Reading Nietzsche in James Joyce's Ulysses

41 Pages Posted: 21 Feb 2012 Last revised: 22 May 2012

See all articles by Nathan Miller

Nathan Miller

University of Colorado Law School

Date Written: April 15, 2011


James Joyce had not yet begun his most productive years of writing when he first became acquainted with the thought and work of the philosopher Friedrich Nietzsche, a man whose deep skepticism about traditional perspectives on life and the world likely spoke to some of the young writer’s own concerns and experiences. By the time Joyce began writing his celebrated modernist epic, Ulysses, he possessed a well-developed and nuanced grasp of several fundamental components of Nietzsche’s thought: not only did he understand the concepts of the “death of God”, the Ubërmensch, and eternal recurrence, but he also grasped the way that they fit together in Nietzsche’s philosophy, and their larger implications. It should not be surprising, then, that these ideas find their way into Joyce’s epic novel. In this paper I suggest the value of reading Ulysses through a Nietzschean interpretive frame, and explore the role that Nietzsche’s thought plays in the novel. Specifically, I discuss the ways in which Nietzsche’s ideas contribute to a new understanding of Ulysses' characters and artistic shape, and show how this understanding helps provide us with a better sense of James Joyce, both as an artist and as an individual.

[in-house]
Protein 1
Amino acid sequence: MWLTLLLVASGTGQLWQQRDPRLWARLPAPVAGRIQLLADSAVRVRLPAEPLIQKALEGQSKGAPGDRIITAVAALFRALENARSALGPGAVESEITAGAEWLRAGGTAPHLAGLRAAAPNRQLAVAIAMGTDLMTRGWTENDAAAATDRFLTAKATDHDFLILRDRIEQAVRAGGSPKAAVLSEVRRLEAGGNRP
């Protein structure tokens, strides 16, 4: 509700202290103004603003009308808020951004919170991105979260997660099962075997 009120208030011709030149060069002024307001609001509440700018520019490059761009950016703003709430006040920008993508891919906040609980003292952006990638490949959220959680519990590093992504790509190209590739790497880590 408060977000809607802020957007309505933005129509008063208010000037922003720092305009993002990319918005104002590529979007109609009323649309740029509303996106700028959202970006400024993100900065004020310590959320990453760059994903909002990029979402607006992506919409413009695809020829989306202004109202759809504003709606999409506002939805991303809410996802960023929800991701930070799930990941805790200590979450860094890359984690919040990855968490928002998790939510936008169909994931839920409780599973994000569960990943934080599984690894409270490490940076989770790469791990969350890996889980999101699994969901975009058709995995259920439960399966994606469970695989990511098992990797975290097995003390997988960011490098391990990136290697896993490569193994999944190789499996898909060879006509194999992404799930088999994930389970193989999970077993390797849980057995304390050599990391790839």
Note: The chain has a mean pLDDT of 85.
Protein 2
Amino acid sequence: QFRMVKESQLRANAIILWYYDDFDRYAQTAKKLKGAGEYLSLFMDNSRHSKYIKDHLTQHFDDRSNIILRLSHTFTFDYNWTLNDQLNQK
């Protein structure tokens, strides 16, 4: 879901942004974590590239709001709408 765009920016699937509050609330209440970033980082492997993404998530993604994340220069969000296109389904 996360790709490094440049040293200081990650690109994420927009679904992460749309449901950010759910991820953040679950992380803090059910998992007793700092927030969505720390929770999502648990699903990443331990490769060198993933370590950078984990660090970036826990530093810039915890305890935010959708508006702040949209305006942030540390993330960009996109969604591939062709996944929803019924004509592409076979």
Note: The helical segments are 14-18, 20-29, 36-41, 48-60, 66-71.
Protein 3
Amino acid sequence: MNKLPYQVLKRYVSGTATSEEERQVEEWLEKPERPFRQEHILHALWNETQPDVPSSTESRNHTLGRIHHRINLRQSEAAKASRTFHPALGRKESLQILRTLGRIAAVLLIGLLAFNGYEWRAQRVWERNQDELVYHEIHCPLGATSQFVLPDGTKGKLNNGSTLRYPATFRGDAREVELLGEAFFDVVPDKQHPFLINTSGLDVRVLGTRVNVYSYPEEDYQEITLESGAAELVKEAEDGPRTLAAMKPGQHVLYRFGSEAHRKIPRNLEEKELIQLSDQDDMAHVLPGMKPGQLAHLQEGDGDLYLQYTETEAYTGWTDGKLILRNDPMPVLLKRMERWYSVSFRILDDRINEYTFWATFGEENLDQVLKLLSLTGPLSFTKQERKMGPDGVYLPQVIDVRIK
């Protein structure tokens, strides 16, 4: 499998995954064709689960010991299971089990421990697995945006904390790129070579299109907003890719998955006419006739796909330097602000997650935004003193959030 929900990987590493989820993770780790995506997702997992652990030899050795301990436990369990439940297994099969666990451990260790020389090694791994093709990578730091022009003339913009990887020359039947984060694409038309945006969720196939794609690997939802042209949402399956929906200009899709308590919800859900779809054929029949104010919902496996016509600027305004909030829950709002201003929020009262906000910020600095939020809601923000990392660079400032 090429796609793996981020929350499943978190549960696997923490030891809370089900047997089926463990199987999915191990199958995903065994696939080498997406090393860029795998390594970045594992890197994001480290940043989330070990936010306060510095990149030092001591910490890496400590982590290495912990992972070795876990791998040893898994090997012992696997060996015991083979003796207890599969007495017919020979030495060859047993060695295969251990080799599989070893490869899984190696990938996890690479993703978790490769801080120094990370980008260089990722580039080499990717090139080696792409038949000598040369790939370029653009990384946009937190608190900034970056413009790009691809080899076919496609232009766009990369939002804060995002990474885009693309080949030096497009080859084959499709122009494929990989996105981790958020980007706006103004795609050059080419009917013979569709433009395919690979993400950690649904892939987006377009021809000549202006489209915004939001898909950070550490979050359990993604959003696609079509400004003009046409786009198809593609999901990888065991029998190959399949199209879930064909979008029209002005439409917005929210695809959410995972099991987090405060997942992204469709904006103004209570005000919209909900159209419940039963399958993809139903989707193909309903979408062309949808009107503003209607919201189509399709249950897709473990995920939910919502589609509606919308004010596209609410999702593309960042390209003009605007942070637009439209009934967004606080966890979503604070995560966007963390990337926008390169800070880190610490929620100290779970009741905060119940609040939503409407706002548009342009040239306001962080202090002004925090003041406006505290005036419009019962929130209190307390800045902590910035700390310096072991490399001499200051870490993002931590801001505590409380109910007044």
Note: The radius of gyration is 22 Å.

Keywords: Nietzsche, James Joyce, Ulysses, Literature, Leopold Bloom, Stephen Dedalus, Ubermensch, death of God, Zarathustra, self-overcoming, eternal recurrence

Suggested Citation

Miller, Nathan, Reading Nietzsche in James Joyce's Ulysses (April 15, 2011). Available at SSRN: or

Nathan Miller (Contact Author)

University of Colorado Law School ( email )

401 UCB
Boulder, CO 80309
United States

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